I GOTTA GET OUT’a HERE –
but I’m stuck in YOUR mud!
PREVIOUS: B Distortion (#2)
The Family MOBILE
• All of us grew up as part of a larger generational inter-connected mobile – even if we were cut off from actually spending time with various relatives.
A mobile is a collection of objects that are in constant motion within a framework. A family is the most complicated, ever-changing one that exists, made up of human personalities.
The stability of a mobile depends on all the parts being in balance, in a specific relationship to all other parts. But balanced does not automatically mean beautiful to see, safe from falling apart, nor having lots room to move.
IN unhealthy families, everything may look fine on the outside, but the mobile is barely held together, or is so rigid it can’t move at all. In the ARTICLE : “My 10-year-old says no one cares about him, and talks of suicide” – the mother is shocked because she thinks everything is fine!
EXP: addicts upset a mobile’s very delicate symmetry. Their unpredictability, violence, contempt & self-focus distorts much of the family’s interaction. To keep the mobile’s skewed ‘balance’ other members try to adapt by:
— absorbing the addicts anger, & suppressing their own
— denying the effect of the addict’s behavior on everyone in the family
— avoiding the addict, while trying to cover up the dis-ease to outsiders
—> forcing everyone to become progressively more damaged, & co-dependently trapped in that state.
• Dysfunctional families are always crammed full of confusion & chaos. But there are also rules that must be followed to keep the mobile from collapsing.
On the one hand, no matter how distorted the mobile, each person has a part to play in keeping the status quo, called homeostasis. And just like an inanimate mobile returns to its normal state after being shaken up, so do families.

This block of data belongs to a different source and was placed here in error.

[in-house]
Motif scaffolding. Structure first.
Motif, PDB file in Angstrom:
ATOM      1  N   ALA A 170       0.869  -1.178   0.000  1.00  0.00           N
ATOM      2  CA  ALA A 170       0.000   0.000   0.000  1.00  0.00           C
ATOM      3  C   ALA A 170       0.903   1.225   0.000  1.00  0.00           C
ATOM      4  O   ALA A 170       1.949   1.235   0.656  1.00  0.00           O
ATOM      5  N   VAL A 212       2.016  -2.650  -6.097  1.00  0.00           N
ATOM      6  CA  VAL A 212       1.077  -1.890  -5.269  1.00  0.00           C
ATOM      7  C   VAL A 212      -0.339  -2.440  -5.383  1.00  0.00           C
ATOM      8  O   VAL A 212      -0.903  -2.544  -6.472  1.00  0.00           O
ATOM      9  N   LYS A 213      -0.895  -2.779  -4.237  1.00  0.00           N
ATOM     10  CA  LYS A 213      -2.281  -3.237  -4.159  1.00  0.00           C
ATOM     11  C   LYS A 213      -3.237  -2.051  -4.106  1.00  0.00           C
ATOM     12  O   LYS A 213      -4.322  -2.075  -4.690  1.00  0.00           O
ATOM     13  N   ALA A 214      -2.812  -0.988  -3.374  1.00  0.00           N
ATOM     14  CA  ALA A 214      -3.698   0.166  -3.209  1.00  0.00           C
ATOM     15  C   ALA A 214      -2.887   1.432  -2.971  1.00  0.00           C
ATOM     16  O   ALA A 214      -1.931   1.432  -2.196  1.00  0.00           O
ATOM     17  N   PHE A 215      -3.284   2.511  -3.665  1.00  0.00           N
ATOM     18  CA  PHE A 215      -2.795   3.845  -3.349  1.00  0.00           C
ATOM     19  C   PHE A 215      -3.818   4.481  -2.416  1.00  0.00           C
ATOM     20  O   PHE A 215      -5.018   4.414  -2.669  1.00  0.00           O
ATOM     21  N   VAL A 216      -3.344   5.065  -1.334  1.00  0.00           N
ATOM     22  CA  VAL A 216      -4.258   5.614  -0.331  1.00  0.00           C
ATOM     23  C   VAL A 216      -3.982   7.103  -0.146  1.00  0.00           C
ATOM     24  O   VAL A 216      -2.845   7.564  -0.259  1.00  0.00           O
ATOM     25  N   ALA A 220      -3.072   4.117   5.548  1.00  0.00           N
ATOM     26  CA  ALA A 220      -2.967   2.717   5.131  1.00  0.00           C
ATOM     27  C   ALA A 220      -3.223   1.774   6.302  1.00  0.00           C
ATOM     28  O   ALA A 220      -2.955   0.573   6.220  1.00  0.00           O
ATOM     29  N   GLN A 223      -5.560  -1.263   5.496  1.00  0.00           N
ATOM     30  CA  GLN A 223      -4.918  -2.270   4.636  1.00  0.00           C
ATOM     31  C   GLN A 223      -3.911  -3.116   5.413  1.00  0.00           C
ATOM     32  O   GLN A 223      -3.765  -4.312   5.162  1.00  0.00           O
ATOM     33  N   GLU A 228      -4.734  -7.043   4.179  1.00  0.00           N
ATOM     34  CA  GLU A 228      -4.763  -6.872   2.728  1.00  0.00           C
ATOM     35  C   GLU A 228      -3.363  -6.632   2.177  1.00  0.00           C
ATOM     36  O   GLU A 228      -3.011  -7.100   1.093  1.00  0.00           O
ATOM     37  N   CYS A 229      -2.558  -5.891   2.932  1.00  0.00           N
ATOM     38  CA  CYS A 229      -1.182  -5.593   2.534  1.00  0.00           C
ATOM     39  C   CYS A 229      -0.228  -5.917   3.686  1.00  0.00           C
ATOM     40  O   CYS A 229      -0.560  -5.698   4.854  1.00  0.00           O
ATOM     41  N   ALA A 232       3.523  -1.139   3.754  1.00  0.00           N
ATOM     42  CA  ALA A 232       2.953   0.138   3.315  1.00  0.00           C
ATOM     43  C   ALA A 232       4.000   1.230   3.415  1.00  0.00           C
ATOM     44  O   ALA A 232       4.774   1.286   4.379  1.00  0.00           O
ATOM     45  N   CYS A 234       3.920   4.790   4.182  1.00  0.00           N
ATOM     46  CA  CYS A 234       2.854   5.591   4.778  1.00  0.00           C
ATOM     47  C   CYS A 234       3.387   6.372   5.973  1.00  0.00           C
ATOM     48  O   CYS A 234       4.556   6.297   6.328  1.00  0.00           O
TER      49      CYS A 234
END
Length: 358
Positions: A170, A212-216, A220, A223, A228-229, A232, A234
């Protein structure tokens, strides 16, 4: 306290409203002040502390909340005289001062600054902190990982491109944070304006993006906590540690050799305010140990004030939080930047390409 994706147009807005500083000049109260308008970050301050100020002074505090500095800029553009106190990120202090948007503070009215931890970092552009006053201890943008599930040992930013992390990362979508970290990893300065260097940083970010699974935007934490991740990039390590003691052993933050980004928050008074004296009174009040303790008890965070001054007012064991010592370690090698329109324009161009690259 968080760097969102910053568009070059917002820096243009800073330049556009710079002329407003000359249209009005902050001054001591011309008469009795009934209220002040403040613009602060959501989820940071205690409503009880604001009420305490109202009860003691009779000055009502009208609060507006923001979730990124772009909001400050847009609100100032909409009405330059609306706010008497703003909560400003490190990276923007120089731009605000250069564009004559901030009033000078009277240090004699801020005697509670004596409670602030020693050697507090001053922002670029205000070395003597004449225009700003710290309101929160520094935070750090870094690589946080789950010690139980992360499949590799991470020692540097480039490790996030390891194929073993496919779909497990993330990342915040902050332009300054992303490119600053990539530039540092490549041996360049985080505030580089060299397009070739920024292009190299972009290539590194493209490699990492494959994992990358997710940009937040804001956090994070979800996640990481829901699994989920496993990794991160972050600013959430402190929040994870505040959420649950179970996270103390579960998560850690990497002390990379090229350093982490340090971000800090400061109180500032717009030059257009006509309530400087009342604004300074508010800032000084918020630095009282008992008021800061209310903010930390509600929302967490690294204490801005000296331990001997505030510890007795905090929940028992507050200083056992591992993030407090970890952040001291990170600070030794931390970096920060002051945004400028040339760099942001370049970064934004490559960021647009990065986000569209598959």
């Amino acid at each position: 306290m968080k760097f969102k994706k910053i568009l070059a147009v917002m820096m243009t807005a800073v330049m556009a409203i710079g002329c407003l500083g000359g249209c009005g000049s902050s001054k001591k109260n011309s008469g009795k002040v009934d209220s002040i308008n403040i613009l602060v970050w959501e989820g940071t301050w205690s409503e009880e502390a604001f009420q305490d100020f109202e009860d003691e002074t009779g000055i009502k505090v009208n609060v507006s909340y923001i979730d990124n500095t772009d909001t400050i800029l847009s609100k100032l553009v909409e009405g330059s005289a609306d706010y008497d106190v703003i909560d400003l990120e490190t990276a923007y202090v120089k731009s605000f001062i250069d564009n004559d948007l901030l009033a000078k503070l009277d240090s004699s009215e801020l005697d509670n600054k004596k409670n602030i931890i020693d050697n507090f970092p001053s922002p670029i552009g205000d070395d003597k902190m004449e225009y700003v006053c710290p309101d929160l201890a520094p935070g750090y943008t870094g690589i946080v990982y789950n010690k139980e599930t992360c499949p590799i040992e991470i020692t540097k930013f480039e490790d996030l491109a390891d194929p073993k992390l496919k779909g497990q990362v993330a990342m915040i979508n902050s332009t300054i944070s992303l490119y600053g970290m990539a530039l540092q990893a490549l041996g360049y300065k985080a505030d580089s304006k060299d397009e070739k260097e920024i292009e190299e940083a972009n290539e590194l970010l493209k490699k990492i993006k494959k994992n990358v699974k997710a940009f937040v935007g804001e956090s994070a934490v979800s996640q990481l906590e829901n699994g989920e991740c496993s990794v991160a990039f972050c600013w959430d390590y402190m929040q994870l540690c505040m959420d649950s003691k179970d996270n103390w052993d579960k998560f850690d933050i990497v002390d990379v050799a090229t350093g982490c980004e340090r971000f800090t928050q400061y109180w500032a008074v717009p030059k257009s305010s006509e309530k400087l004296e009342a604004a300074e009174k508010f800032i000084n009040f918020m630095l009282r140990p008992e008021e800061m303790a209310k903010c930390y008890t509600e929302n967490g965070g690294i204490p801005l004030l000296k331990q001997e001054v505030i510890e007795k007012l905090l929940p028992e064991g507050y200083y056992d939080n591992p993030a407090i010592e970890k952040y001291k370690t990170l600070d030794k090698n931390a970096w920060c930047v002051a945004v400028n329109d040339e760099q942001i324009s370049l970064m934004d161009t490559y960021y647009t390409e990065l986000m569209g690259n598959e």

So if the addict goes into treatment to get clean & sober, their return to the family is often met with great resistance – & anger. They’ve changed too much – the role they originally played isn’t available, undermining the shape of the familiar structure, sending the whole setup tilting uncomfortably off of its normal axis.
• To regain the old balance the most common way is for the spouse, & even the kids – to manipulate the recovering person back into their original role by sabotaging their growth & getting them to drink or use again
• A better way would be to form a new mobile. But this is much harder, met with a lot of anger & may never work: every member of the family would have to face their own damage & make serious changes
EXP: Picture a broken arm that was never set professionally – it ‘heals’ crookedly & is only partially useful. To make it fully functional again it will have to be re-broken & set, then patiently wait for it to heal, maybe needing rehab & re-learning how to use it correctly! It’s scary, painful & tedious.
Broken lives & broken families are like that too, so people would rather keep to the twisted familiar ways than have to fix the problem in Recovery
On the other hand, we learn how precarious the dysfunctional mobile actually is. Because members of a wounded family are bound by symbiotic needs rather than healthy egos, with self-hate, fear of abandonment & distorted boundaries – there’s little room for ‘error’ in the system (newness, difficulties, unexpected changes, expansion…). This mobile, with all its convoluted problems, has been jury-rigged, held together by Toxic Rules & Toxic Roles.
• While it appears solid & inflexible / rigid, it’s actually too fragile to withstand any major shift, such as one person becoming sober or another going into Al-Anon / ACoA Recovery. Unless other members are also willing to grow, like the addict’s spouse going to Al-Anon, or parents doing some deep soul-searching….the family unit falls apart. This is particularly threatening when there are small children, so members will do almost anything to keep the (sick) status quo.
NEXT: Boundary Invasions